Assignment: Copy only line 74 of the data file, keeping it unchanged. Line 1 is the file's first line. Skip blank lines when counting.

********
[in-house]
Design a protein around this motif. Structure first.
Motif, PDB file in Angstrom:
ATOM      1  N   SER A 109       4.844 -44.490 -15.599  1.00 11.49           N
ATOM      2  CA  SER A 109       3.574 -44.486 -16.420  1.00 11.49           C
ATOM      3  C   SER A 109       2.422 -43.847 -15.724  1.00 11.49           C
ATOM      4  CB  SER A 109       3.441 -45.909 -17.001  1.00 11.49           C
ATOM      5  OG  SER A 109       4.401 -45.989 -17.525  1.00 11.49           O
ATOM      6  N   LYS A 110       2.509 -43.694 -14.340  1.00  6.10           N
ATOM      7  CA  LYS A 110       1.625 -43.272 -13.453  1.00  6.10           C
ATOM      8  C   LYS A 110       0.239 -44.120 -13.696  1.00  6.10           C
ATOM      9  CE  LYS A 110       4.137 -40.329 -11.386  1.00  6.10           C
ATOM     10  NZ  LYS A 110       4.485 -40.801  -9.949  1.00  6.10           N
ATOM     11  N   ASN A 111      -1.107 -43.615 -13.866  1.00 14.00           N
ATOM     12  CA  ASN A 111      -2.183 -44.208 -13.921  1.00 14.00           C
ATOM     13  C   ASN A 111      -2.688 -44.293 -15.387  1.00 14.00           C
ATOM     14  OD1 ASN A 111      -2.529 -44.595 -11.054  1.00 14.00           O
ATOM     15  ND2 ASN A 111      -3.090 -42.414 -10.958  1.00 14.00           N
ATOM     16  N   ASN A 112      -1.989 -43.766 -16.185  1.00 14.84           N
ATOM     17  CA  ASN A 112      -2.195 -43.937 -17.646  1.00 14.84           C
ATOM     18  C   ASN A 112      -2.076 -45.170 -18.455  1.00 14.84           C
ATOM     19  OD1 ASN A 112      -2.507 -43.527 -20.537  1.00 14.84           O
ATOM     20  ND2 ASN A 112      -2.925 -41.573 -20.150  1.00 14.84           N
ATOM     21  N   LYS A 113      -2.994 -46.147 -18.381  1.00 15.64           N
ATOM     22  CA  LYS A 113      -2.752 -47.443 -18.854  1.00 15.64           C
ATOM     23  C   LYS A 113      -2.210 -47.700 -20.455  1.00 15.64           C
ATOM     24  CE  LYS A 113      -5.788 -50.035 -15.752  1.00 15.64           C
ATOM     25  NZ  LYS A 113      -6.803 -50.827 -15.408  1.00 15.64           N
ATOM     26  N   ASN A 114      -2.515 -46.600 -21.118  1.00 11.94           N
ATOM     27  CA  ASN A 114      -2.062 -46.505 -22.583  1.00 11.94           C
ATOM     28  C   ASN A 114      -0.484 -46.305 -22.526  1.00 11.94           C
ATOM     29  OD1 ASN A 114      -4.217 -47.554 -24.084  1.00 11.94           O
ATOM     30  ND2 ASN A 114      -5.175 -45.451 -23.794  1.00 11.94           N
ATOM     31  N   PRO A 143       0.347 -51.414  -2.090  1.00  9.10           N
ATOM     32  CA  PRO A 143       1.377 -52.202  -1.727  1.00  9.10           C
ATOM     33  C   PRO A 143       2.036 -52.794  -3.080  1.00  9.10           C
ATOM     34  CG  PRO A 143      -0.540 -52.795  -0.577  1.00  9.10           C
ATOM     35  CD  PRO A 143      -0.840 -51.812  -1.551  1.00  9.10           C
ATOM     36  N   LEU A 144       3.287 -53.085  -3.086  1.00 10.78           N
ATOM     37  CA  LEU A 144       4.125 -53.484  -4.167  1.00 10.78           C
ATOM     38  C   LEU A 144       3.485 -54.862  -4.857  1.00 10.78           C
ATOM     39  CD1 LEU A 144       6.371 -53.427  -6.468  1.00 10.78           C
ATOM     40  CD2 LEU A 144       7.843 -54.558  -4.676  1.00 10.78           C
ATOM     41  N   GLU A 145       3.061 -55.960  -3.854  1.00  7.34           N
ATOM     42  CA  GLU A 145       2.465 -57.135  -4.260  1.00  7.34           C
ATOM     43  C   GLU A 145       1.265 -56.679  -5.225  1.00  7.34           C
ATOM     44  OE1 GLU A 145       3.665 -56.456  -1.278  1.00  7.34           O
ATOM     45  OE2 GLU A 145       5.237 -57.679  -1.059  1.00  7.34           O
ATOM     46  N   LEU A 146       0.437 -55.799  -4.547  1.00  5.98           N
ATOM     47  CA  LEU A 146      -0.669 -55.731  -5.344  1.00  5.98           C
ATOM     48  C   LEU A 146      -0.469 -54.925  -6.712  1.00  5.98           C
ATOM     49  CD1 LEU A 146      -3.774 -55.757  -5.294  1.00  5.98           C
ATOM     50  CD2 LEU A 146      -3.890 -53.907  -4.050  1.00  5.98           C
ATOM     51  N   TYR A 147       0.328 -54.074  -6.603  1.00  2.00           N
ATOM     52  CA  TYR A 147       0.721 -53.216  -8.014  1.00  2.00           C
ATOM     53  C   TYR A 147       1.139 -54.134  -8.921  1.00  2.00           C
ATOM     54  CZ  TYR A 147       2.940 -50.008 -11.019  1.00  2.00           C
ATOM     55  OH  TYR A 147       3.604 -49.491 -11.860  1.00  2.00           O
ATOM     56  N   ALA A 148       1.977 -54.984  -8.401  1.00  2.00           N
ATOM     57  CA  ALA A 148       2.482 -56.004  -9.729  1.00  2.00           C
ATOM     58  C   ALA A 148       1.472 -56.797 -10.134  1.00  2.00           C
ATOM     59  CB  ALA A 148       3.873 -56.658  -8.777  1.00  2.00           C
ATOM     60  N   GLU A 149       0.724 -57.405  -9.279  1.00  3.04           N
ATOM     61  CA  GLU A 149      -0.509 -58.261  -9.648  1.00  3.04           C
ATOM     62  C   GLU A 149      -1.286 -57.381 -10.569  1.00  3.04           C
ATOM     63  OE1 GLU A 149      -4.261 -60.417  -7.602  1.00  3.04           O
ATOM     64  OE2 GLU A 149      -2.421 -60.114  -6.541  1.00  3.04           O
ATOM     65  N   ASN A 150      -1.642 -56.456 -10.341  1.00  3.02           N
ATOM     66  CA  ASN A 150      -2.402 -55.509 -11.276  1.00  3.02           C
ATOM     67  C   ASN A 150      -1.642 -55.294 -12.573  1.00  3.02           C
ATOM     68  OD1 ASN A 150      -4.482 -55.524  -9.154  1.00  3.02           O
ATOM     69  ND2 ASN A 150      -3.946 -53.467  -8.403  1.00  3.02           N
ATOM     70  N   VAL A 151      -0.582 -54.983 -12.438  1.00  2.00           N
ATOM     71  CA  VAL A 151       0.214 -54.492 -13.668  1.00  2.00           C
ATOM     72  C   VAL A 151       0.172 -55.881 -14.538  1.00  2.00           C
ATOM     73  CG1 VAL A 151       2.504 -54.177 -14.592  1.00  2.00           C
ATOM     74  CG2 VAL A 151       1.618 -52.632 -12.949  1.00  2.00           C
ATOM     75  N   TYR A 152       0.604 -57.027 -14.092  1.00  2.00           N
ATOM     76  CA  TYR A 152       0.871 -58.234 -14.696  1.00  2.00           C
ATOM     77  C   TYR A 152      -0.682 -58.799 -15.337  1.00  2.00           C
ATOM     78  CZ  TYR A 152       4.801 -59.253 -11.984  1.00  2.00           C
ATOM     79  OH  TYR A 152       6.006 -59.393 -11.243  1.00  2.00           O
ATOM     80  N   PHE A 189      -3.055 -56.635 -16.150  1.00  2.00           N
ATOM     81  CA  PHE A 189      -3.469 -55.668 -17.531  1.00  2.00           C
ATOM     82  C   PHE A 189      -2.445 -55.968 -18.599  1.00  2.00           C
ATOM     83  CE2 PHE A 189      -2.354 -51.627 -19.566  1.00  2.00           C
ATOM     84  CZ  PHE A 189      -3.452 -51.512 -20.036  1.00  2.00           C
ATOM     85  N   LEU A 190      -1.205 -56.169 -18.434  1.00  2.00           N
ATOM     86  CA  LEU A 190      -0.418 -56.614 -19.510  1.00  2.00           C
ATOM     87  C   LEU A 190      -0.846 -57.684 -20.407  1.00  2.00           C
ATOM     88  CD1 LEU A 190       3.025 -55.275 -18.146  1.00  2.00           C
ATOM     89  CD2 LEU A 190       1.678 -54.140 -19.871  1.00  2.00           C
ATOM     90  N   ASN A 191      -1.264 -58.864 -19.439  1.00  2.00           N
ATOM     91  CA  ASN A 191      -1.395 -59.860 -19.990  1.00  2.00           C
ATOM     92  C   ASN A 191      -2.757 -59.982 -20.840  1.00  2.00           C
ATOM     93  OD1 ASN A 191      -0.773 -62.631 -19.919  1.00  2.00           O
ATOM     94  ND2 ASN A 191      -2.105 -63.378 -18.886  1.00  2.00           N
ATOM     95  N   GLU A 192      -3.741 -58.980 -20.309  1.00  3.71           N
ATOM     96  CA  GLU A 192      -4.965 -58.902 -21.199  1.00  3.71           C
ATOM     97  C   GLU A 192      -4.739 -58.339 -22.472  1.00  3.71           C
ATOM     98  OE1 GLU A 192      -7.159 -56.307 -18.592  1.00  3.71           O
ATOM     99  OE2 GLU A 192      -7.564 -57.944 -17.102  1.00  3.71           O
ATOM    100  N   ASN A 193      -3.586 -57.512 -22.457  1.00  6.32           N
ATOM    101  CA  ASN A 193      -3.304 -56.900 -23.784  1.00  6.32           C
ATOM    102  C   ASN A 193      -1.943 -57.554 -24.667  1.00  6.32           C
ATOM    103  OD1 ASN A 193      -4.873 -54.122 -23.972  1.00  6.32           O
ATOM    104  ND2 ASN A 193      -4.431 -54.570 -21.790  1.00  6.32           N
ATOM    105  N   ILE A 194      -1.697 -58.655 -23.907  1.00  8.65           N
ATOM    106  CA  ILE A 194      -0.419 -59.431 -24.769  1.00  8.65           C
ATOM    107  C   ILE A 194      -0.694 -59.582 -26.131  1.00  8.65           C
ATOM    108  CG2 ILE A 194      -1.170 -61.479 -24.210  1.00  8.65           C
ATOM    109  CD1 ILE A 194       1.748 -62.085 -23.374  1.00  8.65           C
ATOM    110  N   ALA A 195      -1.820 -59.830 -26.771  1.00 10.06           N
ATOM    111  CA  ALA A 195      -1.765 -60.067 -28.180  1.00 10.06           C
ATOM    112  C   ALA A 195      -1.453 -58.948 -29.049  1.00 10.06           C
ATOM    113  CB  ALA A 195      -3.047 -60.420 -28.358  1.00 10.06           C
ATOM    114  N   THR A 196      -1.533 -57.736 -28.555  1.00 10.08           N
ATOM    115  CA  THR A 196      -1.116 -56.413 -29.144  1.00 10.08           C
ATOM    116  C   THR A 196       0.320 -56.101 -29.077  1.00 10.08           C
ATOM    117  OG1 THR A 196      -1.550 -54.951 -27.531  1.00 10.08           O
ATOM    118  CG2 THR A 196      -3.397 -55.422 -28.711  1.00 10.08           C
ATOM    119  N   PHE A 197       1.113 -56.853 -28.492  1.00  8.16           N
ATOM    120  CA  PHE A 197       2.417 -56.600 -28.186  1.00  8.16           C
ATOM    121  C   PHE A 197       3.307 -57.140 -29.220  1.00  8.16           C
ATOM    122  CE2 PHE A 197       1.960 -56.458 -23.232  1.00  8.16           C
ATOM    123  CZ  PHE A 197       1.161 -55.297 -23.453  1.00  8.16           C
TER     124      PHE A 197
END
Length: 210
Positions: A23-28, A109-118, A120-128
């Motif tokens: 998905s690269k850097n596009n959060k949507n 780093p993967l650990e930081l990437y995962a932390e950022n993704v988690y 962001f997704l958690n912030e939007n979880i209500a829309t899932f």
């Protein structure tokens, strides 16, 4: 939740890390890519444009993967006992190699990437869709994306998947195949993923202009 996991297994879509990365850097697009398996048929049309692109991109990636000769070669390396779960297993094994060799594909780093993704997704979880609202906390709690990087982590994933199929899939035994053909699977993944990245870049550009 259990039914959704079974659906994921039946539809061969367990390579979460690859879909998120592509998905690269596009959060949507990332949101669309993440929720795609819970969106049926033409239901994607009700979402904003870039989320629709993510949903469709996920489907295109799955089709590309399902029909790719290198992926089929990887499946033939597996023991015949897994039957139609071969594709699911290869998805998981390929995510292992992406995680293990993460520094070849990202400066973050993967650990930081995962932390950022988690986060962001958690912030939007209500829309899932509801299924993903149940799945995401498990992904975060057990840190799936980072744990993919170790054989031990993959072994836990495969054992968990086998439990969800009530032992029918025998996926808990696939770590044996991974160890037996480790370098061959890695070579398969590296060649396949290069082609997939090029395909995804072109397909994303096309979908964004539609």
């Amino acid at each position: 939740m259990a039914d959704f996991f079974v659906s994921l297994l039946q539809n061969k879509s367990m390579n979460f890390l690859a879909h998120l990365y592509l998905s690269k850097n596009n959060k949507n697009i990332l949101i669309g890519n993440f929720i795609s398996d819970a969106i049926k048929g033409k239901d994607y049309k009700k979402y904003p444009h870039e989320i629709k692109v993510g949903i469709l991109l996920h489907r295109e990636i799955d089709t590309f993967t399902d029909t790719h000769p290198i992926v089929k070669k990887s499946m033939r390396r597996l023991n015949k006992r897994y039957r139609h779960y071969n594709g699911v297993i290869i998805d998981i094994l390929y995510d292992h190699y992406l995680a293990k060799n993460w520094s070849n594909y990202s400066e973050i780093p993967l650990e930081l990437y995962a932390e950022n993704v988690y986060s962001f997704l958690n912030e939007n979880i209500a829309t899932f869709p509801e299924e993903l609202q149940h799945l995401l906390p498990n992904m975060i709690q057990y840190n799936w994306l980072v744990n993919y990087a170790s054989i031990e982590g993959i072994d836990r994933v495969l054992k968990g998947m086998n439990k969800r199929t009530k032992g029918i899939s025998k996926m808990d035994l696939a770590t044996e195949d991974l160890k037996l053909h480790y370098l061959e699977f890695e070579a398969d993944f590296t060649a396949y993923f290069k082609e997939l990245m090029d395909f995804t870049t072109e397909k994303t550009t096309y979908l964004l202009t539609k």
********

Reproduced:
ATOM     71  CA  VAL A 151       0.214 -54.492 -13.668  1.00  2.00           C